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Beyond the Visible Spectrum: The use and application of ultraviolet (UV) light photography as a diagnostic tool for discovery, digital documentation and analysis of paleontological specimens.

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Rene Lauer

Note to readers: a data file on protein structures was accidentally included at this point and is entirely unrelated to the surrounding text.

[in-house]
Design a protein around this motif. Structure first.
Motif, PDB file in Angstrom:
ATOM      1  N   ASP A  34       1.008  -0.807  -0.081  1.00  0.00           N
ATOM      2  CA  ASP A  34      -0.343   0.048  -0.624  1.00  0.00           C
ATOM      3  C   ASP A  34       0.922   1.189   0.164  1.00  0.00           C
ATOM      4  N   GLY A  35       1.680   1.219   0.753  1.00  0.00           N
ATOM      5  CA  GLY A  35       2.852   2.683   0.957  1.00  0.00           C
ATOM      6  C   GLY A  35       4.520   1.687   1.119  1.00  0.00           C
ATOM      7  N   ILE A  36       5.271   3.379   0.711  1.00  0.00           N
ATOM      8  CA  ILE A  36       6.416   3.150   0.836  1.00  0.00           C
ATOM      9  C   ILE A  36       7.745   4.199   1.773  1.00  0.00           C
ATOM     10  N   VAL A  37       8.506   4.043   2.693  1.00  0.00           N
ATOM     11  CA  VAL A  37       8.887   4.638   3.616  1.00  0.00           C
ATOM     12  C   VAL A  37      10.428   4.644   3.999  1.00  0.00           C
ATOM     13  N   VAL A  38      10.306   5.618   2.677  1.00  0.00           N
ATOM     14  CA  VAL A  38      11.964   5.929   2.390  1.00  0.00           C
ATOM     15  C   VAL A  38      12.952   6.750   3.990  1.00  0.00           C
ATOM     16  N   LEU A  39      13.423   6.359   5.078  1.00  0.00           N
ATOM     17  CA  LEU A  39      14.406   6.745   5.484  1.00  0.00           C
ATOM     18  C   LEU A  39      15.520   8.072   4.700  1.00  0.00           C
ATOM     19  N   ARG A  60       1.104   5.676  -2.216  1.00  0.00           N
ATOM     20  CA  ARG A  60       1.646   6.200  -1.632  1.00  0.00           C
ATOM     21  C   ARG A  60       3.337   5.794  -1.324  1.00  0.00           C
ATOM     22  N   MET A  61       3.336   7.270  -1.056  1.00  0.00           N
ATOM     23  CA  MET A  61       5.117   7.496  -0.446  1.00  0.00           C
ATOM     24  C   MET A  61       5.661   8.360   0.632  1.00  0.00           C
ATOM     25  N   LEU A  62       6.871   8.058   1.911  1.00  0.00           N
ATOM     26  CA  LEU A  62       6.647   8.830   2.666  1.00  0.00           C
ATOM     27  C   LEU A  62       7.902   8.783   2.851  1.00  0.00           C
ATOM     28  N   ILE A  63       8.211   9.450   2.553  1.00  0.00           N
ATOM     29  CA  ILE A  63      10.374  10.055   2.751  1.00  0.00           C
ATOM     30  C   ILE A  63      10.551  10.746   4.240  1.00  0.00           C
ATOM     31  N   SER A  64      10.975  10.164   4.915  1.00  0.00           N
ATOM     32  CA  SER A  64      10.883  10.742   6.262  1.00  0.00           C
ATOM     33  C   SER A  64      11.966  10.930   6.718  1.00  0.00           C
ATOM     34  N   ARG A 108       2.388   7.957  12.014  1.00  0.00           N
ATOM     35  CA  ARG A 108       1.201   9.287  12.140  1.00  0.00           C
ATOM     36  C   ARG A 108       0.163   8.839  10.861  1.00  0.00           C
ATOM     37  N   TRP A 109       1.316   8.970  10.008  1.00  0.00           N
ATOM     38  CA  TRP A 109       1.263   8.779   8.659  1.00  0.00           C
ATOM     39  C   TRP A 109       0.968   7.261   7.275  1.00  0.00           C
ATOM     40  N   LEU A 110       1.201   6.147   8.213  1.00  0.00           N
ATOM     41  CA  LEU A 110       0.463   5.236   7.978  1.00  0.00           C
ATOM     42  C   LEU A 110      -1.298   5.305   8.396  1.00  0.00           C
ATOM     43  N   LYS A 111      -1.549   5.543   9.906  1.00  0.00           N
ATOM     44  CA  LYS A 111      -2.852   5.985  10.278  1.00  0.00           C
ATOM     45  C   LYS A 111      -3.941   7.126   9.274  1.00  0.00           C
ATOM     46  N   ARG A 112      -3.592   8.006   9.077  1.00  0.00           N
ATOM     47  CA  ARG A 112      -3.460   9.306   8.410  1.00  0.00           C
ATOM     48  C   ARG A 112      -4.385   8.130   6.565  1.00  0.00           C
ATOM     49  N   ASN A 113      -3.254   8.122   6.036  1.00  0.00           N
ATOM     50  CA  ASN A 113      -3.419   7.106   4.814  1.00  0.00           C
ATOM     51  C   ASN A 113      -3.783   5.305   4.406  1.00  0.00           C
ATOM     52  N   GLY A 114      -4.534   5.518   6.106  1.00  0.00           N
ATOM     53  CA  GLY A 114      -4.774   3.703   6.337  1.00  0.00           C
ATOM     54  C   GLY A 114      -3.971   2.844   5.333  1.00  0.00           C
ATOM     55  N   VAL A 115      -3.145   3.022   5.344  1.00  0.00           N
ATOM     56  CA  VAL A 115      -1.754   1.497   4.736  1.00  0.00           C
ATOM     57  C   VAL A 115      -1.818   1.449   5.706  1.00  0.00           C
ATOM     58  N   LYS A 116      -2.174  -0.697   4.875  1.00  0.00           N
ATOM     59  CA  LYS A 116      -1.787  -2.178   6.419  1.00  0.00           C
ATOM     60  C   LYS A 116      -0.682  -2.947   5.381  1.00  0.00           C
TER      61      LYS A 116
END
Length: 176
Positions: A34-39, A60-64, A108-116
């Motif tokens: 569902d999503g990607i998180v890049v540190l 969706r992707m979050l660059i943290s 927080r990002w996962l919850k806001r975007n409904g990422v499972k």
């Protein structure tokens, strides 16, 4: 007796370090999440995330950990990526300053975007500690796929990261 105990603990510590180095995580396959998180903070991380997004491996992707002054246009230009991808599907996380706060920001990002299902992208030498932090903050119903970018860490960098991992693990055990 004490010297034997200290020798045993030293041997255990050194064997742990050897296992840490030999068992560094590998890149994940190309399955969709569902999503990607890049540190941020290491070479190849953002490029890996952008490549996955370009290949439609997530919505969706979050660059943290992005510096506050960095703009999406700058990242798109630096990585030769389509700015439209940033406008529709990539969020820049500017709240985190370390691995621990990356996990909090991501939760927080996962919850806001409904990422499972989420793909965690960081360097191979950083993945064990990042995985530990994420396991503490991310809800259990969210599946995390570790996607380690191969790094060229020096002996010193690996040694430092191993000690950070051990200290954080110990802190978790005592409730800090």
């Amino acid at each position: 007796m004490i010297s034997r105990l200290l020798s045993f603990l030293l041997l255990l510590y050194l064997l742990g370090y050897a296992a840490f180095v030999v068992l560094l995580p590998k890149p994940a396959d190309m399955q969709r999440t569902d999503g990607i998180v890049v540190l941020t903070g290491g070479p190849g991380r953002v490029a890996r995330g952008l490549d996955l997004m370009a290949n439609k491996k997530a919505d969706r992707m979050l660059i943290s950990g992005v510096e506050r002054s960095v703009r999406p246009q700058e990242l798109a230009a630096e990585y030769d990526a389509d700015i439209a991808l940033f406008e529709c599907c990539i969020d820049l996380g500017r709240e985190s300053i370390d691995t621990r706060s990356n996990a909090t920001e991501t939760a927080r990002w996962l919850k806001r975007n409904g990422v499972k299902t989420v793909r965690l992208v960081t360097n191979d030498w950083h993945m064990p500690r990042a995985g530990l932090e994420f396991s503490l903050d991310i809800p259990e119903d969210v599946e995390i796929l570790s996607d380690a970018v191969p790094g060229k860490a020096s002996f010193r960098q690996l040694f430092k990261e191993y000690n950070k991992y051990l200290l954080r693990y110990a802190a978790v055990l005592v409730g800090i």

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The use of UV photography is a valuable diagnostic tool for improved visualization of rarely seen data such as soft tissue preservation and fine structures in the invisible light spectrum of paleontological specimens. This enhanced visual data is of particular importance to the study and documentation of the bulk of our collection of Solnhofen limestone fossil specimens. We sought to develop a standardized, time efficient and easy to use system to obtain consistent, high quality images. We tested and developed a system using standard digital cameras; relatively affordable UV lights; polarized and colored filters; consistent camera settings and workflow; a visible but non-invasive tile to indicate data not captured in camera metadata; and designed a flexible camera workstation consisting of a camera stand; UV light array with adjustable stand; 4k monitor; heavy duty table with hydraulic lift to accommodate widely diverse sizes of specimens to obtain a sequence of digital images ranging from visible light through the ultraviolet spectrum. These images provide greater understanding of morphology, mineralization, geologic data and manmade interventions of paleontological specimens. Our UV photographic protocol captures far greater data than the human eye to quickly and easily identify soft tissue preservation such as skin, scales, dermal denticles, feathers, pycnofibers, provides clarity, definition and fine detail of morphology, stomach contents, trace fossils, and clearly identifies negative and positive fossil material. All of these newly visible data provide greater understanding of species and their environment for the advancement of science. UV photographic imaging of older, previously prepared specimens, reveal a history of techniques and methods used, both good and bad, and identify manmade interventions where breaks, repairs, areas of restoration, and use of glues, epoxies, fillers and paints or surface treatments were applied. These data are virtually invisible in the visual light spectrum, discovery and documentation is of critical importance to the integrity of scientific data analysis of fossil specimens.